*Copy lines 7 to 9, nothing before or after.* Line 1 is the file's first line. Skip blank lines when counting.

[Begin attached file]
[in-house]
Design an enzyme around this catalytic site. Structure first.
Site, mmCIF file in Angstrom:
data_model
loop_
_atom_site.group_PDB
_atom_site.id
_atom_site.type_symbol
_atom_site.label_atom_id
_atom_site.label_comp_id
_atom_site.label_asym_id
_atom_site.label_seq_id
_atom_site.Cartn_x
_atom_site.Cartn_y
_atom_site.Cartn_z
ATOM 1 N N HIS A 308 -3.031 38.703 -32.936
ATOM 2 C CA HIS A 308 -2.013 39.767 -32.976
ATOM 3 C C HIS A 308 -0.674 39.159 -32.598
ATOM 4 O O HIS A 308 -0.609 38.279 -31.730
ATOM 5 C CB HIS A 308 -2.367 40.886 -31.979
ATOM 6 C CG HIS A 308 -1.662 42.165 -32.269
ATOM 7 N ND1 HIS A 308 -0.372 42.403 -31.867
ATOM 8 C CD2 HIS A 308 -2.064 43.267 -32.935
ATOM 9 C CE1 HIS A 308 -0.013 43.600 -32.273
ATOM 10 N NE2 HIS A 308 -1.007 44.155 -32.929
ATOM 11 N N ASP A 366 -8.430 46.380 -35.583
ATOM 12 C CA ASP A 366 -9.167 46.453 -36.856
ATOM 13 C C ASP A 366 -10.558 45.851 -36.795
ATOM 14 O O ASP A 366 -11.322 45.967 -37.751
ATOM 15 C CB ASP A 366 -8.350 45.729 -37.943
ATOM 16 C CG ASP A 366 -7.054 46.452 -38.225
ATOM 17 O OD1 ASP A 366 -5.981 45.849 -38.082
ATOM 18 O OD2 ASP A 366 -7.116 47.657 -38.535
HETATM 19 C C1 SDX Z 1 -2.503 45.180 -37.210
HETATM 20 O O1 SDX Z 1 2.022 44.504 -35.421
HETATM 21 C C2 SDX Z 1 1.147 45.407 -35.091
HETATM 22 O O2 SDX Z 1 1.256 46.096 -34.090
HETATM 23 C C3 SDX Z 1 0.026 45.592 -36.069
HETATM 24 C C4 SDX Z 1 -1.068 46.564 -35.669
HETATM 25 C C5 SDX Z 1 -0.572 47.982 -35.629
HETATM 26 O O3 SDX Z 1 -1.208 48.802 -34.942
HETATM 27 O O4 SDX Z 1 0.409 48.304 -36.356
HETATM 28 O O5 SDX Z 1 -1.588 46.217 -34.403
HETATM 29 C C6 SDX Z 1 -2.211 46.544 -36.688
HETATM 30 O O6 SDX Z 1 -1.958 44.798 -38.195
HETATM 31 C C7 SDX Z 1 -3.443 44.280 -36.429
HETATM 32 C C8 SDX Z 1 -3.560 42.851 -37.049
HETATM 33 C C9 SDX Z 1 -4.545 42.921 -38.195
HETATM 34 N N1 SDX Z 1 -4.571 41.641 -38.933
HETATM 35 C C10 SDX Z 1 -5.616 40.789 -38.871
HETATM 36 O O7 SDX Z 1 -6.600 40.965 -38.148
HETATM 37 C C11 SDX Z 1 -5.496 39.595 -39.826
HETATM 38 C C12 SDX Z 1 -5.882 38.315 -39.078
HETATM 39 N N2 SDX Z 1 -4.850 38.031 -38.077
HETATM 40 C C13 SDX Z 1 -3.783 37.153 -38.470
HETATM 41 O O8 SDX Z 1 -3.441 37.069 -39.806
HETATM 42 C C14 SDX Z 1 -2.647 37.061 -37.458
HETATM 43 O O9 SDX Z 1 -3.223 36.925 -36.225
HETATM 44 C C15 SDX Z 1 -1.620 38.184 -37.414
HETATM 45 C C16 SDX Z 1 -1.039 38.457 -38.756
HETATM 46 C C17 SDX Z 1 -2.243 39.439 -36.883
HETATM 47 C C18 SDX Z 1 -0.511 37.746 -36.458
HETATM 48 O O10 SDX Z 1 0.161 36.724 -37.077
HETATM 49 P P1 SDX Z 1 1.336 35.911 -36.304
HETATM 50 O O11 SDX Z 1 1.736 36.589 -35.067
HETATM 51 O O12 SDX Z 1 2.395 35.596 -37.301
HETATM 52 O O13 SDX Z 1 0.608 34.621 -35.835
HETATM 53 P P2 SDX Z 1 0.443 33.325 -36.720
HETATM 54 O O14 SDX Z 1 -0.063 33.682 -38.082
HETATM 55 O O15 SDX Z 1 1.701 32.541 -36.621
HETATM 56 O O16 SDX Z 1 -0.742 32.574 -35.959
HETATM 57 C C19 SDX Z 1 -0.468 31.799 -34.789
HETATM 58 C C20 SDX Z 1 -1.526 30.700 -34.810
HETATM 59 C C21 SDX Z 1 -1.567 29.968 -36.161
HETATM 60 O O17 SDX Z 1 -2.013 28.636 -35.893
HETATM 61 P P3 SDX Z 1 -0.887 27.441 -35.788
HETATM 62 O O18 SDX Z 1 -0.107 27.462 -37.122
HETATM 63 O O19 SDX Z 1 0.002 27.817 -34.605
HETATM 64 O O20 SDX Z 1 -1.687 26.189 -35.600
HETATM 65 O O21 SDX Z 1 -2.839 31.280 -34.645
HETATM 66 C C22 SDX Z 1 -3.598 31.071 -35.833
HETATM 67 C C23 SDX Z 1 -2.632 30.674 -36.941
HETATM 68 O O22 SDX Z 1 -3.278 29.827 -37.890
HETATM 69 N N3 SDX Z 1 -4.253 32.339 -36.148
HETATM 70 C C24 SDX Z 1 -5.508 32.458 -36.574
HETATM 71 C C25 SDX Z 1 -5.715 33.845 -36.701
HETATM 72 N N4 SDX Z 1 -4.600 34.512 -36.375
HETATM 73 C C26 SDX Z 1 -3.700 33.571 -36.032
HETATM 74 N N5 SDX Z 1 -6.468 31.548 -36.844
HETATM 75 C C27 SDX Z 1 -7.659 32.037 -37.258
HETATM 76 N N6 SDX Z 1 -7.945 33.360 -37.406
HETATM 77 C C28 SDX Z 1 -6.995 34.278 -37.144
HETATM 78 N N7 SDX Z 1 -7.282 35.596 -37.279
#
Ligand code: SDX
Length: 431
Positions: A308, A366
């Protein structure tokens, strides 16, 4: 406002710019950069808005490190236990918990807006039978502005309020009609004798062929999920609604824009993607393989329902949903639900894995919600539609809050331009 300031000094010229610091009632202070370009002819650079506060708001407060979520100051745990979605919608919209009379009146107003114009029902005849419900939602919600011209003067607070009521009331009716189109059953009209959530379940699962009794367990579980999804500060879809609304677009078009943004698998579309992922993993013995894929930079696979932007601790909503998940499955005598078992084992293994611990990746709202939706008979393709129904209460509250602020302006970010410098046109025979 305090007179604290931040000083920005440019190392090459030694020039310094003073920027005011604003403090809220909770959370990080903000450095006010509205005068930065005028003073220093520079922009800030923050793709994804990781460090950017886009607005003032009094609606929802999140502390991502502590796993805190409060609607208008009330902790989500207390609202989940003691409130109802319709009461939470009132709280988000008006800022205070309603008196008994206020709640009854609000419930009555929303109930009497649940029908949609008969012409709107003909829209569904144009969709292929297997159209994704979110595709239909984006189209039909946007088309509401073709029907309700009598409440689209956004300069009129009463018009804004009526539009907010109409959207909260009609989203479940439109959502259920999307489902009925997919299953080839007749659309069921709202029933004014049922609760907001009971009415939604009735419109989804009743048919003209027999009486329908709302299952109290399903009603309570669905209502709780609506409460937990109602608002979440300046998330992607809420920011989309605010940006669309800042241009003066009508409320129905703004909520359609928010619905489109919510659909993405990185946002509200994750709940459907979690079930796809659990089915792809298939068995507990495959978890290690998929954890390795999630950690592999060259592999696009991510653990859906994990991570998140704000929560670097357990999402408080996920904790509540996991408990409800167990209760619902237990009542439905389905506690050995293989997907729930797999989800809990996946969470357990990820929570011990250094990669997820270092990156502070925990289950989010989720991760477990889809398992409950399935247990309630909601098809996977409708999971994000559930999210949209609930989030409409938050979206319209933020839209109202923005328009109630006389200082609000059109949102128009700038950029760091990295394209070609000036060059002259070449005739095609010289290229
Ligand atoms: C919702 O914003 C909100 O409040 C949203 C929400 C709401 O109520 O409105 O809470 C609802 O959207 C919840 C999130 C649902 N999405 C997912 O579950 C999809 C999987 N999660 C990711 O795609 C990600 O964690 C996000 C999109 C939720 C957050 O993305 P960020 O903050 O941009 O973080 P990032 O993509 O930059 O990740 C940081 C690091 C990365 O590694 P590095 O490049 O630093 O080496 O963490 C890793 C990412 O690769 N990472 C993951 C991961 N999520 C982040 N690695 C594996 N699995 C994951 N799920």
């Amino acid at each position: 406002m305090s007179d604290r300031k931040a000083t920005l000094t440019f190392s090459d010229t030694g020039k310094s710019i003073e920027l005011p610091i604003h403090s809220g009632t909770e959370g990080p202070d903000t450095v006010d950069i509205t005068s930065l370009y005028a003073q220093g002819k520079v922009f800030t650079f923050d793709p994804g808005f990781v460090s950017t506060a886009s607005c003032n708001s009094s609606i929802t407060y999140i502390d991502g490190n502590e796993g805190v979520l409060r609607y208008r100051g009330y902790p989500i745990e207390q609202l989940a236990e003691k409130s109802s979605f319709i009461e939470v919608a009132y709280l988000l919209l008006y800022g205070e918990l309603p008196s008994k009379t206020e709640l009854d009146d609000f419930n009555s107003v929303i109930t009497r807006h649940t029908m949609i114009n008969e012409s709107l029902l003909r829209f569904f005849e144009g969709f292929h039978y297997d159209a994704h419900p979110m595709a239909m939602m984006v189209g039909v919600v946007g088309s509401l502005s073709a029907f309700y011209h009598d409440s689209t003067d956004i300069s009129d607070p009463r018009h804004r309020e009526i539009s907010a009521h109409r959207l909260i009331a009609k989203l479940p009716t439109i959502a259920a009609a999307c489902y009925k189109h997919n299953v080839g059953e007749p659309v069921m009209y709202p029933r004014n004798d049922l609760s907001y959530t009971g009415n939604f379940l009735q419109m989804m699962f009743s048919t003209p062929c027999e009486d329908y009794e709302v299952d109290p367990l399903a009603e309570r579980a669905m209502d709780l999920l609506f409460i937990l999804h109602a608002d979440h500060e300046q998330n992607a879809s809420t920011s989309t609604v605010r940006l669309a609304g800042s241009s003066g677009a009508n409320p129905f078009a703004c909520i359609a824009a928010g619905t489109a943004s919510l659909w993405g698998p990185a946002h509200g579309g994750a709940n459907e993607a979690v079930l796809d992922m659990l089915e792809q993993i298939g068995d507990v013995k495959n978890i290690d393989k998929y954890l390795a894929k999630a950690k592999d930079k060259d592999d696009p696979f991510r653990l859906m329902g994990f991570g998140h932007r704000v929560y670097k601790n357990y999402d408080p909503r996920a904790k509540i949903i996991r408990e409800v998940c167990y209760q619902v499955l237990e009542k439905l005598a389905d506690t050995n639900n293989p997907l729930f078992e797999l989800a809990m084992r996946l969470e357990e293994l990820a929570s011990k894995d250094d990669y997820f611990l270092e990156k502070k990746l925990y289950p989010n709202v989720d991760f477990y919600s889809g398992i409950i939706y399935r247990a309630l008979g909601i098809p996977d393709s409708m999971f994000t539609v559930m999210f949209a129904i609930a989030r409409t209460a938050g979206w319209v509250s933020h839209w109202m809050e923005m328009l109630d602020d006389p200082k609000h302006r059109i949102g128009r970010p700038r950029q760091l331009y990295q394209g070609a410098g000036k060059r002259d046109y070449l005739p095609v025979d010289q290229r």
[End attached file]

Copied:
_atom_site.id
_atom_site.type_symbol
_atom_site.label_atom_id